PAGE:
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Thursday, April 19, 2018

Colorado River becomes the center of a quarrel

Por Damian

A fresh quarrel is in the newspapers! Tension over the Colorado River became a public dispute when four US states accused an Arizona state company of manipulating supply and demand, a potential threat to millions of people in the United States and Mexico who depend on the river, reported El Nuevo Herald.

The four states (Colorado, New Mexico, Utah and Wyoming), as well as the public water company in Denver, said that the Central Arizona Project is trying to avoid a reduction in the part of the river's water flow, while the others voluntarily agreed to reduce the volume of water they extract to avoid a crisis now that there is a prolonged drought.

"A water user is taking advantage of the situation for their own benefit, to the detriment of a river that supplies nearly 40 million people", said Jim Lochhead, manager of Denver Water, which receives approximately half of its water from the river.

Central Arizona Project refuted the allegations and said it has been saving. The company uses canals, pipelines and aqueducts to transport water along 336 miles from the Colorado River to five million people in central and southern Arizona. The water source in question is the soul of the southwestern United States and northwestern Mexico, but it is under intense stress because the demand is increasing and the river becomes less abundant.

Researchers say the decline is due to the drought that has affected the region for 18 years and climate change. The picture looks worse. Last winter was exceptionally dry in most of the central and southern Rocky Mountains, so the melting of snow to feed the river will be below average.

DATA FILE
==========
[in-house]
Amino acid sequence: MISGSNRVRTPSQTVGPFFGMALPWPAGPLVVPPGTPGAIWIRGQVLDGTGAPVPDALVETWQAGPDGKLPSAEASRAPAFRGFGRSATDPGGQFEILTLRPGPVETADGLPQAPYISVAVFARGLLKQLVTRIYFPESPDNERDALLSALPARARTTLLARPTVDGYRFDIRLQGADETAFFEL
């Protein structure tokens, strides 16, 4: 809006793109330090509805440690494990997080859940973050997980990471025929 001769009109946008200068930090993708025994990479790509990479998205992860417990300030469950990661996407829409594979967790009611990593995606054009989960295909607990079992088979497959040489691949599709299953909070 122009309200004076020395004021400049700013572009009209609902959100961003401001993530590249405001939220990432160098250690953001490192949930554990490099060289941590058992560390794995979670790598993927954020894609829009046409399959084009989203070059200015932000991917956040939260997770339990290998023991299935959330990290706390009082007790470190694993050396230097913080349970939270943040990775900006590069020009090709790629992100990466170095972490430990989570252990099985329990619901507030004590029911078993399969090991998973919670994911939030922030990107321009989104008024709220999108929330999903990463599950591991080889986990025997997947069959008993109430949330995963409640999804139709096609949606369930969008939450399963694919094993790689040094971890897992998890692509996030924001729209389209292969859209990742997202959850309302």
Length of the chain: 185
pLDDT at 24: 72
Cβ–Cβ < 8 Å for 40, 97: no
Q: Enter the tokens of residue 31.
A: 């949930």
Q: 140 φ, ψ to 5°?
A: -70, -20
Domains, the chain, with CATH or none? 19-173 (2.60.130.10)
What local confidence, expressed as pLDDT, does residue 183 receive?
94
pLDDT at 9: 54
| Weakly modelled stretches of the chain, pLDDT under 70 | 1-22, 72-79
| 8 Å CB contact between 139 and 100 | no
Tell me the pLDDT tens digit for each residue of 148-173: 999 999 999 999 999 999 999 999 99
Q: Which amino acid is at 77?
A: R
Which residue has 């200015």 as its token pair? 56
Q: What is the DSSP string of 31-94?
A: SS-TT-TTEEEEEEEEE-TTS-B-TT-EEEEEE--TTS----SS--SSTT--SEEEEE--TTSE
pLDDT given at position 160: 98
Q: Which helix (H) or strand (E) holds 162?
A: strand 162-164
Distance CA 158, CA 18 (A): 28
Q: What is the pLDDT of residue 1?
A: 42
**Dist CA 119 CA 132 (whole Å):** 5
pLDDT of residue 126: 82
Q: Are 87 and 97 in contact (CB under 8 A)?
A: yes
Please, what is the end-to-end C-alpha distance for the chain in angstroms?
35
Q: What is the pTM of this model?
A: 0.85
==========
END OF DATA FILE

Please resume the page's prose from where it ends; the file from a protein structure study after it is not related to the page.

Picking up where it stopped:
The dispute over the Central Arizona Project revolves around how much water flows from the upper part of the Colorado River system to the lower part. The upper part, called the Upper Basin, includes the four states that challenge the Arizona company. The lower part includes Arizona, California and Nevada.

Each basin has the right to take advantage of approximately half of the river's water under norms established in a series of interstate agreements, judicial decisions and international treaties. To ensure that the Lower Basin states receive their share, those in the Upper Basin send water from the gigantic dam of Lake Powell to the dam of Lake Mead downstream, which is even larger. In 2007, the Upper Basin states agreed to send additional water to Lake Mead if the conditions were right to prevent the level of that dam from going too low.

The Upper Basin states now claim that the Central Arizona Project is manipulating its portion in a way that keeps Lake Mead low enough that Upper Basin states have to send additional water, but high enough to avoid mandatory cuts in the consumption of the Lower Basin.

Ted Cooke, general manager of the Central Arizona Project, said that level is the "optimal point". In statements made on the company's website, he indicated that it wants to keep Lake Mead there as much as possible.